Conservatives have looked at higher ed askance since the 1960s when college students rioted for rights. How dare they object to elitism?

      When an institution fights the elite, conservatives notice. Regan, then governor, looked to punish the Calif higher ed system as it was the hotbed of rebellious ideas.

      There are more stories, but they amount to the same — conservatives have lost their love for higher ed long ago. Harold Bloom at Cornell also comes to mind.

      Then too, remember that Bill Buckley took on the Yale faculty in his book, only two years after he graduated, for failing to enshrine capitalism and Christianity. He named names and courses. Wise at such a young age, he was!

      1. JTMcPhee

        Not sure what word games get played with the acronym for the University of New Ham[pshire, in a conservative (sick) state if ever there was one. I do recall that back in the ‘702, a former governor of the state, Meldrim “Colorful Conservative” Thompson, when the Hippie War Protestors were all a-howling, asked for a tactical nuclear weapon to use on them (one-upping the “anti-insurrection response” at Kent State.)

        Why are so many corrupt governors and stuff surnamed “Thompson”?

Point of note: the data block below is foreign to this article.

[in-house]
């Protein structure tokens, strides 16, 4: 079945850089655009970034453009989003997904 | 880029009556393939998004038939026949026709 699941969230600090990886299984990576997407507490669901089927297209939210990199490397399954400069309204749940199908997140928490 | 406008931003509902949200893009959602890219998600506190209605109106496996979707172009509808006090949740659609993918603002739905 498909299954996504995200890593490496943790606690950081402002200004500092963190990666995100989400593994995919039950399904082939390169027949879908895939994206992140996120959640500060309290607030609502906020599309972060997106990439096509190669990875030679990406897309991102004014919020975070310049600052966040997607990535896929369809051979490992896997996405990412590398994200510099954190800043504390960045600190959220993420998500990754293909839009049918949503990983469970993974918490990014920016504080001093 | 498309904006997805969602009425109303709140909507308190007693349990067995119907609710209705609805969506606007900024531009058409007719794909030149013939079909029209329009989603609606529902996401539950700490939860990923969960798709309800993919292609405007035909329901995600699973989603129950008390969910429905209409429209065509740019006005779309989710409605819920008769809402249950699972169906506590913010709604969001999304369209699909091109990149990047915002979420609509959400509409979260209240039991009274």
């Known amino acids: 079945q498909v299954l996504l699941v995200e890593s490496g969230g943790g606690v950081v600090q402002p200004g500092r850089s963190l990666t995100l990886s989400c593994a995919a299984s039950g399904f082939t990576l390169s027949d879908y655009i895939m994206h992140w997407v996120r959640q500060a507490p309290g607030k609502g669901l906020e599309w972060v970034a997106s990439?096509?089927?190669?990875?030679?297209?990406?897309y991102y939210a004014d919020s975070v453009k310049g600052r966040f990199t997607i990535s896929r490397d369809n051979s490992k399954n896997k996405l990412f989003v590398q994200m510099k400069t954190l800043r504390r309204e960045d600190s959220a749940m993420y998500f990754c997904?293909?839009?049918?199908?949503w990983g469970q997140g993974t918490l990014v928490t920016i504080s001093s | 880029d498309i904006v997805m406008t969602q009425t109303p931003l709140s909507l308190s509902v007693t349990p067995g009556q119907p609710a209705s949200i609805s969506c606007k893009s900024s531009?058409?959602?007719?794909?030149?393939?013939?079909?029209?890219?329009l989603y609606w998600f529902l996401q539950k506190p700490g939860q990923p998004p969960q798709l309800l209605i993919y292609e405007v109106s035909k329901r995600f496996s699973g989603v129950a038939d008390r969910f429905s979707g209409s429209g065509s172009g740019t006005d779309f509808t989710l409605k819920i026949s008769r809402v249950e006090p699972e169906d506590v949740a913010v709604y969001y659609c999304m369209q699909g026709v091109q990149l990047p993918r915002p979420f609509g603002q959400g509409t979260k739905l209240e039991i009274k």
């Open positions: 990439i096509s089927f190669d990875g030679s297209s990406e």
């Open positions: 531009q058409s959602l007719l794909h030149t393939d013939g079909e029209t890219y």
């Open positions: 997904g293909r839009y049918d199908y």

1. Kurt Sperry

          The offspring of someone named “Thomp” is likely to operating at a distinct and heritable disadvantage.

      2. MyLessThanPrimeBeef

        College is ruining America for otherreasons.

        One is that many prefer rich foreign applicants over American ones.

        The other is actually ruining the world, not just America – if our colleges don’t teach drone technology, surveillance, weapons research, genetic food modifications, neoliberal economic theories, high frequency trading, etc., maybe another power will. And we’d have to peg our currency to hers.

        Then, learning a second language would not be an option, for those who want to be sophisticated, but mandatory, for survival and for getting ahead (by pleasing the new master).

      3. nihil obstet